When Disney Characters Find Themselves In A Safe-Sex and Anti-Drug PSA...

Pocahontas chasing a waterfall.

So, I think this may be the most tasteless thing I've ever done, and considering my single most popular tumblr post suggests Gaston gets together with a 7-year-old girl, that's saying something:

When I mentioned the idea for this mashup to my loyal peanut gallery, Dad said

"If only Disney had explicitly explored the tobacco industry side of the colonization of the Americas."

...and my little sister said

"But instead of AIDS, it's smallpox?"

The snark is strong in my family. My father has it. I have it. And, my sister has it...

If you have that power too, I hope you'll like it!

I often think of these mashups as our beloved Disney characters "performing" a new bit. With this one, I think of the distinguished cast showing up like

Pocahontas looking confused

"Wait, I thought we were preaching about environmentalism and racial tolerance?"

Nakoma losing patience

"No, that's sooo last week! Now we're preaching against drug dealing and unprotected sex."

Pocahontas shrugging

"Okay, fine. Whatever."

On a somewhat related note, generally my mashups fall into one of two categories. Either the comedy comes from picking a bit where the content of the non-Disney component has eerily similar themes to the source material, like so:

...or it comes from the non-Disney component having such a radically different theme that the implications of the mashup veers into absurdity. For instance:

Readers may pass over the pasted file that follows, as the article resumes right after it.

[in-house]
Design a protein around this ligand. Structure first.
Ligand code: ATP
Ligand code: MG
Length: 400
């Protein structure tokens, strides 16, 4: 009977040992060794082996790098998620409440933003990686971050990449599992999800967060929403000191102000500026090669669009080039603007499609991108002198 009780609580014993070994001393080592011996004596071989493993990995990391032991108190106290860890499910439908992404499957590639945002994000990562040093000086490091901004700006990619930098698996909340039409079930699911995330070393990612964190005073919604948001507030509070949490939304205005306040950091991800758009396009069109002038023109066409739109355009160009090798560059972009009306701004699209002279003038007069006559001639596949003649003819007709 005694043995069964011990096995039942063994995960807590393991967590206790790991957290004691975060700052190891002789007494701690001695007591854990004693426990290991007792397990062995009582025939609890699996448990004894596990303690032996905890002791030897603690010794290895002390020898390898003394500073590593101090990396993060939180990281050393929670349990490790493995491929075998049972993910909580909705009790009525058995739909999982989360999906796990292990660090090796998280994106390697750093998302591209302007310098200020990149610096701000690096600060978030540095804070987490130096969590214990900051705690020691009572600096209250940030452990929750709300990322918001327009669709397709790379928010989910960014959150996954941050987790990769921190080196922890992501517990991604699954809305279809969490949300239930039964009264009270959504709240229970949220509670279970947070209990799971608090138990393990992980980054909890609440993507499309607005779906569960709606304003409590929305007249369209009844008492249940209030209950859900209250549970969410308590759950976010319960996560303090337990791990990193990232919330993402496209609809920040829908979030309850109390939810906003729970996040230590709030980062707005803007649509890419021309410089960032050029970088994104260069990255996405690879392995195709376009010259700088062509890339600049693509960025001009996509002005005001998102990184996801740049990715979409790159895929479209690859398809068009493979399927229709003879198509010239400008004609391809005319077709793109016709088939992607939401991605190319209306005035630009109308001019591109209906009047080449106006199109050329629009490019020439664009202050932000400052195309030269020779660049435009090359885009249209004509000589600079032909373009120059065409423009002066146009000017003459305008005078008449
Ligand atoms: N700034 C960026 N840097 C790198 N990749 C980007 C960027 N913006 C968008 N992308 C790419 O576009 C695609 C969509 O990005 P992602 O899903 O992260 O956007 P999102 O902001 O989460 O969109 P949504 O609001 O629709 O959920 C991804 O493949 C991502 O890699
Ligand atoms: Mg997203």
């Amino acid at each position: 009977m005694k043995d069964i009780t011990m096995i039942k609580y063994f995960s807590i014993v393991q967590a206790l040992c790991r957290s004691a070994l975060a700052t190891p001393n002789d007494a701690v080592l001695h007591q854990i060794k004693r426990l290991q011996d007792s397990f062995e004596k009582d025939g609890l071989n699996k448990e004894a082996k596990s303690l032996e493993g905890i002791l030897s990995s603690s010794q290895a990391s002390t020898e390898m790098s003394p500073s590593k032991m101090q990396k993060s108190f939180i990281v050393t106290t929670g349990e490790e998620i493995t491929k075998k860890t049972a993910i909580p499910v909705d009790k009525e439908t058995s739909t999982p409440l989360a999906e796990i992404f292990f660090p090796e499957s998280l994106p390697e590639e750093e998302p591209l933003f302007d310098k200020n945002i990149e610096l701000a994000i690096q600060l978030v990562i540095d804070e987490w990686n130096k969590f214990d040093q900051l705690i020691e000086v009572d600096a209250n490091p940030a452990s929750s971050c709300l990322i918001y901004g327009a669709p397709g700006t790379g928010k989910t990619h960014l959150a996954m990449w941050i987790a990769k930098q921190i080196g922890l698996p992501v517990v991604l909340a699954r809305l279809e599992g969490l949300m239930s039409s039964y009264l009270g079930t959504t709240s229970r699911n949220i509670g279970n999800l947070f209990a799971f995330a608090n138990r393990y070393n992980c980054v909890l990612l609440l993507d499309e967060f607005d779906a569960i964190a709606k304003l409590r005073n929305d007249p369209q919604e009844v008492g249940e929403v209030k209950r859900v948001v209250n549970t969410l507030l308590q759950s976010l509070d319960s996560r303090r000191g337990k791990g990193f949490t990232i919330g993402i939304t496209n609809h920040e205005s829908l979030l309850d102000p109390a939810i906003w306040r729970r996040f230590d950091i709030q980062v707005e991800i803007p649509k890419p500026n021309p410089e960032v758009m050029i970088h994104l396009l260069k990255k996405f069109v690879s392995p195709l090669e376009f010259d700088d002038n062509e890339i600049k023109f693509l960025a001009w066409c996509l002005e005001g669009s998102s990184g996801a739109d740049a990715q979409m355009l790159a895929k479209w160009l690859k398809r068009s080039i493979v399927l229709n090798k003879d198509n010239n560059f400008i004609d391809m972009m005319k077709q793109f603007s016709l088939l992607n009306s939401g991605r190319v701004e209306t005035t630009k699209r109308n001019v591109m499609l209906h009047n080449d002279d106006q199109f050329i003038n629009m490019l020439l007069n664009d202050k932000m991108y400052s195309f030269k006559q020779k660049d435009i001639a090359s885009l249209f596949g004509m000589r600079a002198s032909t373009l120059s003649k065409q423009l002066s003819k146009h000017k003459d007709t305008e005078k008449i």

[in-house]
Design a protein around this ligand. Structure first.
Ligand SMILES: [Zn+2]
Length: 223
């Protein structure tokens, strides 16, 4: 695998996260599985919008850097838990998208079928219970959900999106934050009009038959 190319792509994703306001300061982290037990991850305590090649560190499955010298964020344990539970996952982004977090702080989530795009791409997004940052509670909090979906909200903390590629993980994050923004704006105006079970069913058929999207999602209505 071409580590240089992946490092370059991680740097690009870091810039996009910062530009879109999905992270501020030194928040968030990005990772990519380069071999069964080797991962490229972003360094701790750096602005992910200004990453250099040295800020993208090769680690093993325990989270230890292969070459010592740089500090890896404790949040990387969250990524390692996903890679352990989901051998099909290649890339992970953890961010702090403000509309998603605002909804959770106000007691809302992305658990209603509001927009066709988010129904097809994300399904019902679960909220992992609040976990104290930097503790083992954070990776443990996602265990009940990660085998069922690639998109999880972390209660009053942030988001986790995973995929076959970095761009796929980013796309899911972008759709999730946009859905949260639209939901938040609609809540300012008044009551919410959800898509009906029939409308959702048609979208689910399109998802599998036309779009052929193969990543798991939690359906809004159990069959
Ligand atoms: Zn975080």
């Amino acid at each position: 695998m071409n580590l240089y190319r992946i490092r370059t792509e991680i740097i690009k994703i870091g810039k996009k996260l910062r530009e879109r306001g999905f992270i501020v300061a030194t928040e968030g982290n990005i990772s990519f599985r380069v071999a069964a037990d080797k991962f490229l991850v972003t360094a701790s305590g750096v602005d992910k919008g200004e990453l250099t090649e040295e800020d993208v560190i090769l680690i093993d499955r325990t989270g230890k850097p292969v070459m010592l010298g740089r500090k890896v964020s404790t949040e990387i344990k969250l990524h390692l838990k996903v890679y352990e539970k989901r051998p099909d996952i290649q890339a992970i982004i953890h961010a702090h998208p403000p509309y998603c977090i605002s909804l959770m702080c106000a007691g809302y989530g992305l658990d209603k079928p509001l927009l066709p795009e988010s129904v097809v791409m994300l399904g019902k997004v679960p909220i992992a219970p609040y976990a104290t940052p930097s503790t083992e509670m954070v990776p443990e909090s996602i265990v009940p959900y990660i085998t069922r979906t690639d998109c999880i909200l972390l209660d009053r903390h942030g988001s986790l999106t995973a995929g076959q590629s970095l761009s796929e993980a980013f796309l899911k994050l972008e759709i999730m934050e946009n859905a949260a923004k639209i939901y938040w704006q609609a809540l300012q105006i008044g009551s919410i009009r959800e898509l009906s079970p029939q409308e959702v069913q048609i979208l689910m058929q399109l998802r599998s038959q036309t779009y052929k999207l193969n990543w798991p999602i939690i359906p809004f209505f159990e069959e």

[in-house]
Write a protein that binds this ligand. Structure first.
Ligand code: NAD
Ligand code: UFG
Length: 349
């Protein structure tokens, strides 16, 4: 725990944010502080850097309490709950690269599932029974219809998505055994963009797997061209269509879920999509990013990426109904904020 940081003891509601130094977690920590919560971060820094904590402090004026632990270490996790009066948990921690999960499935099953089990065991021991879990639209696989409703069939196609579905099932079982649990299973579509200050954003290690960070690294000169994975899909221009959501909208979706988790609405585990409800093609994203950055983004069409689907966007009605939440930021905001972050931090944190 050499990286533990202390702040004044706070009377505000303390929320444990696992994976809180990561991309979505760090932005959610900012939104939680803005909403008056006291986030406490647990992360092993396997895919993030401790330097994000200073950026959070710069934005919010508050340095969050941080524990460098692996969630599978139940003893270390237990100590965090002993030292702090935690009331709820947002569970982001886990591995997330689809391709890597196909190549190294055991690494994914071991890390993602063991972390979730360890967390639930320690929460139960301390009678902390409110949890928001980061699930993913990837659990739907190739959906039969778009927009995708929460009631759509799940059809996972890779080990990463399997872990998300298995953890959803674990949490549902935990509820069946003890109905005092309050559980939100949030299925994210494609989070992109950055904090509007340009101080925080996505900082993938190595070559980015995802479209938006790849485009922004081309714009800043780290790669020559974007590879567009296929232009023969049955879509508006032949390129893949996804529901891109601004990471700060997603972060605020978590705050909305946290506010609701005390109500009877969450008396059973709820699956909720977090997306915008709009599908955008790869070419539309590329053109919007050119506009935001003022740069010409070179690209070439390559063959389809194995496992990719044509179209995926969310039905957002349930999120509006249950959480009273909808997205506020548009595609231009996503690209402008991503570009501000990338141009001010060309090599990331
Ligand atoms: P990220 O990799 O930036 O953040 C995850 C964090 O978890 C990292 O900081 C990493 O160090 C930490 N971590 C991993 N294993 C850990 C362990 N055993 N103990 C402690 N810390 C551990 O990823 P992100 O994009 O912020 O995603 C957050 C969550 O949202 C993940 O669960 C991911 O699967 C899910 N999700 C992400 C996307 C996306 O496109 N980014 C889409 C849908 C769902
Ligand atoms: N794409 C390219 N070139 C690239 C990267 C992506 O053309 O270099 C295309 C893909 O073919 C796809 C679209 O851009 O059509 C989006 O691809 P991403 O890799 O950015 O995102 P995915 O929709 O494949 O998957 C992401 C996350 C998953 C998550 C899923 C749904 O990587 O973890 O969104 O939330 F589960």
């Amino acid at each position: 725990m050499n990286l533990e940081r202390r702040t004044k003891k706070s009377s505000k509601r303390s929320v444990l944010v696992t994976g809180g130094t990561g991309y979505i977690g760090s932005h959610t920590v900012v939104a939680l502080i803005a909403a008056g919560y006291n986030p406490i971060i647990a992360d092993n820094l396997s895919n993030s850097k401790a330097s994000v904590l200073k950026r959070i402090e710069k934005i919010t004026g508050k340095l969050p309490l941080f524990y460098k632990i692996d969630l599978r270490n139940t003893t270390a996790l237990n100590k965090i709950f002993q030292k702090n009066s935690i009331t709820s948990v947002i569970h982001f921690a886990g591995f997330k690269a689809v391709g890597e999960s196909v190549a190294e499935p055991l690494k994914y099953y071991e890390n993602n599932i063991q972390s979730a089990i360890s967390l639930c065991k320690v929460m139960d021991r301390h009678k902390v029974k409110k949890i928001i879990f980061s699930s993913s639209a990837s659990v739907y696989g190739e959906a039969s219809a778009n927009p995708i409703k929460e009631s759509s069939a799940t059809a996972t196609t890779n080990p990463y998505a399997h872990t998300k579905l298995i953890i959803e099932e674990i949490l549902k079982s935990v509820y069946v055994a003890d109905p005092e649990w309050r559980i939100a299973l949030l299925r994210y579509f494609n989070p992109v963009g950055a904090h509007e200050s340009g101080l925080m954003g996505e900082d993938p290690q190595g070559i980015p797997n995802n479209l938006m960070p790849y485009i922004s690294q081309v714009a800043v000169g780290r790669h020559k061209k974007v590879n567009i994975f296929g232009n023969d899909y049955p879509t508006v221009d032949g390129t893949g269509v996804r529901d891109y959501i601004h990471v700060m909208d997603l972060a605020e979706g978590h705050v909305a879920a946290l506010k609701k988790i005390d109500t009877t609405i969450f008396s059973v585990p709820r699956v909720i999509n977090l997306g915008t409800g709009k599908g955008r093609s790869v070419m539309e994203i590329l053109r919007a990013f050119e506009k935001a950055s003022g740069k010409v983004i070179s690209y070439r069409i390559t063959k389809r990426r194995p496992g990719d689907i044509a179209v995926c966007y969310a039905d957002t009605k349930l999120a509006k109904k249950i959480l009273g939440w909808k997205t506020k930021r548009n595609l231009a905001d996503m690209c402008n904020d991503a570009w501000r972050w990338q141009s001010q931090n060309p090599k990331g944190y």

This one, on the surface of it, seems to fall into that second category (apart, of course, from the obvious fact that Pocahontas quite literally chases waterfalls!). I mean, we're implying here that Thomas is a drug dealer, John Smith gets HIV from Pocahontas, Kokoum falls in with a street gang, and Ratcliffe is a coke fiend. However, the more I worked on this I came to notice that "Waterfalls" really captures an inadvertent message of Pocahontas. I know they intended this to be a "follow your heart!" type of story, but since everyone in it ends up dead, critically injured, heartbroken, alone, and/or impoverished, in a twisted kind of way it actually vindicates Nakoma's pessimism and overabundance of caution, without really realizing it's doing it. But then again I could go on for ages about the things Disney didn't realize about the story it was telling in Pocahontas (oh, wait...I already have).

And, as another little bit of trivia, both the movie and the song came out in 1995, so they seem to be made for each other.

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About the Author

Satiricalifragilistic grew up during the Disney Renaissance, and The Little Mermaid was the first movie she ever saw in theaters at age 3. Her mother flatly refused to let her leave the theater when Ursula got huge and terrifying, and maybe that explains her troubled psyche.

While she'll admit to being an inveterate nitpicker, she firmly believes in loving a piece of art even while criticizing it, and in the importance of engaging critically with what she loves. She has special contempt for anyone who tries to claim the politics in Disney films don't matter because "they're just movies," because she knows exactly how much the Disney Canon influenced her little gradeschool self—for good and for ill!

She loves art, design, music, dancing, movies from Hollywood's Golden Age, and British comedy...expect a lot of these to turn up in her reviews and mashups!